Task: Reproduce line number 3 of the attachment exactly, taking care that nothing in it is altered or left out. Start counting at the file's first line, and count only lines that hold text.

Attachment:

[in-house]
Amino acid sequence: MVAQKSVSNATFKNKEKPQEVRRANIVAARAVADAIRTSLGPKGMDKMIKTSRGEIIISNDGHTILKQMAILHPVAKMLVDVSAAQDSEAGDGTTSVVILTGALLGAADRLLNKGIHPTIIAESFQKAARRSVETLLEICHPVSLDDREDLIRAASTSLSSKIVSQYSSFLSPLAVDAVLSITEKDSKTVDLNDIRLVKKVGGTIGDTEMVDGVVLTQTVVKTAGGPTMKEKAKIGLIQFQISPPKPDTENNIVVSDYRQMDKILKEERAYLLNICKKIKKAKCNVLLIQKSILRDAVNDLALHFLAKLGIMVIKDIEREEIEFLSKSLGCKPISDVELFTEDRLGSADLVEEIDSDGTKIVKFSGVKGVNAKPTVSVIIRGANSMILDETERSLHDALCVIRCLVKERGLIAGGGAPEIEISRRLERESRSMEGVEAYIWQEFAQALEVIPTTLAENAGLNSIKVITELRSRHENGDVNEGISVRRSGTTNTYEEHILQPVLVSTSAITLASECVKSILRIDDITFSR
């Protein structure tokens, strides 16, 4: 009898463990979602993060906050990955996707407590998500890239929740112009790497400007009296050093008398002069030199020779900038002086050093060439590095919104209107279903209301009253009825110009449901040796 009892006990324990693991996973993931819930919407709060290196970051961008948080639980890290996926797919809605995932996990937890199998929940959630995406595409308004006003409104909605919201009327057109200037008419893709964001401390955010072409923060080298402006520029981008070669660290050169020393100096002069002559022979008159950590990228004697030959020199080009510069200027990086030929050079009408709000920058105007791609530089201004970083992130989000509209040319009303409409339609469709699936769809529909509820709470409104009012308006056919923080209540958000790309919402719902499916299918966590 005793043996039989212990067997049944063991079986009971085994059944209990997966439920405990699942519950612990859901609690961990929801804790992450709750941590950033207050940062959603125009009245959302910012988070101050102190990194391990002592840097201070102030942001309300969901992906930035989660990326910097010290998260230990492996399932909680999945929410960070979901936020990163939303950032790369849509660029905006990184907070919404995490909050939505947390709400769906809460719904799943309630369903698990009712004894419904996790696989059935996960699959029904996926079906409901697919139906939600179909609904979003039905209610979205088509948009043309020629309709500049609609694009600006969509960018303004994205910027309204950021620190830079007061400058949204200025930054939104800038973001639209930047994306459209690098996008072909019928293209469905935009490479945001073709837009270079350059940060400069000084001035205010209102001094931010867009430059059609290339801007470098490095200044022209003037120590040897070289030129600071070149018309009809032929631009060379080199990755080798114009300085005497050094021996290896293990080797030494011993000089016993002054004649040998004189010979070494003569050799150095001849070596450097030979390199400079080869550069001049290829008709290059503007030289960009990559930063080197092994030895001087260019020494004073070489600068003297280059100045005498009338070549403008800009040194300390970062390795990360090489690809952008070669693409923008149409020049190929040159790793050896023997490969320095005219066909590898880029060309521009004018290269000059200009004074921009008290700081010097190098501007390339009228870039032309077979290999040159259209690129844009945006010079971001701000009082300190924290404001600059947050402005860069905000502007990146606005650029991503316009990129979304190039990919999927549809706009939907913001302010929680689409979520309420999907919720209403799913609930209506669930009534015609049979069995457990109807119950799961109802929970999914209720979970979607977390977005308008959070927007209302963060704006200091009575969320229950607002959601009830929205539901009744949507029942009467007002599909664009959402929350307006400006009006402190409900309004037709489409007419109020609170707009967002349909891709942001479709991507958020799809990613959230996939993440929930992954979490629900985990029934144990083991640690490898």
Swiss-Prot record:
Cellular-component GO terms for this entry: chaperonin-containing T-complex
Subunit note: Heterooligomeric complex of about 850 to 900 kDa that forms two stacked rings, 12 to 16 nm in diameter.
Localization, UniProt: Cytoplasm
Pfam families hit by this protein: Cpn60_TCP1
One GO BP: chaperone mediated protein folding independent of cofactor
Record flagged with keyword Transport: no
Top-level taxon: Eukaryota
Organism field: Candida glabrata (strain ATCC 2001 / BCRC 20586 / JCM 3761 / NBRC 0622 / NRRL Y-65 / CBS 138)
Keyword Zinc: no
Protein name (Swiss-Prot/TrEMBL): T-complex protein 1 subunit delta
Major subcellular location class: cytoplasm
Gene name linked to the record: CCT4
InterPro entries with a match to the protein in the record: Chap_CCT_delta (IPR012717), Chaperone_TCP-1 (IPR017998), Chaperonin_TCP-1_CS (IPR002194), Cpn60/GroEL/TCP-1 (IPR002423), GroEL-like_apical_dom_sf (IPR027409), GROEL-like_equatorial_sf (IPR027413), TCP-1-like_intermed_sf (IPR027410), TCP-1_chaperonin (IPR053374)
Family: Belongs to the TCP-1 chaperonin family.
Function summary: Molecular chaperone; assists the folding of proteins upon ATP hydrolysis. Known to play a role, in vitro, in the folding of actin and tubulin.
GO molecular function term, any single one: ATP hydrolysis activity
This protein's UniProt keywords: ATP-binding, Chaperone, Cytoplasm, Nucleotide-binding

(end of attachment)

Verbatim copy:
């Protein structure tokens, strides 16, 4: 009898463990979602993060906050990955996707407590998500890239929740112009790497400007009296050093008398002069030199020779900038002086050093060439590095919104209107279903209301009253009825110009449901040796 009892006990324990693991996973993931819930919407709060290196970051961008948080639980890290996926797919809605995932996990937890199998929940959630995406595409308004006003409104909605919201009327057109200037008419893709964001401390955010072409923060080298402006520029981008070669660290050169020393100096002069002559022979008159950590990228004697030959020199080009510069200027990086030929050079009408709000920058105007791609530089201004970083992130989000509209040319009303409409339609469709699936769809529909509820709470409104009012308006056919923080209540958000790309919402719902499916299918966590 005793043996039989212990067997049944063991079986009971085994059944209990997966439920405990699942519950612990859901609690961990929801804790992450709750941590950033207050940062959603125009009245959302910012988070101050102190990194391990002592840097201070102030942001309300969901992906930035989660990326910097010290998260230990492996399932909680999945929410960070979901936020990163939303950032790369849509660029905006990184907070919404995490909050939505947390709400769906809460719904799943309630369903698990009712004894419904996790696989059935996960699959029904996926079906409901697919139906939600179909609904979003039905209610979205088509948009043309020629309709500049609609694009600006969509960018303004994205910027309204950021620190830079007061400058949204200025930054939104800038973001639209930047994306459209690098996008072909019928293209469905935009490479945001073709837009270079350059940060400069000084001035205010209102001094931010867009430059059609290339801007470098490095200044022209003037120590040897070289030129600071070149018309009809032929631009060379080199990755080798114009300085005497050094021996290896293990080797030494011993000089016993002054004649040998004189010979070494003569050799150095001849070596450097030979390199400079080869550069001049290829008709290059503007030289960009990559930063080197092994030895001087260019020494004073070489600068003297280059100045005498009338070549403008800009040194300390970062390795990360090489690809952008070669693409923008149409020049190929040159790793050896023997490969320095005219066909590898880029060309521009004018290269000059200009004074921009008290700081010097190098501007390339009228870039032309077979290999040159259209690129844009945006010079971001701000009082300190924290404001600059947050402005860069905000502007990146606005650029991503316009990129979304190039990919999927549809706009939907913001302010929680689409979520309420999907919720209403799913609930209506669930009534015609049979069995457990109807119950799961109802929970999914209720979970979607977390977005308008959070927007209302963060704006200091009575969320229950607002959601009830929205539901009744949507029942009467007002599909664009959402929350307006400006009006402190409900309004037709489409007419109020609170707009967002349909891709942001479709991507958020799809990613959230996939993440929930992954979490629900985990029934144990083991640690490898």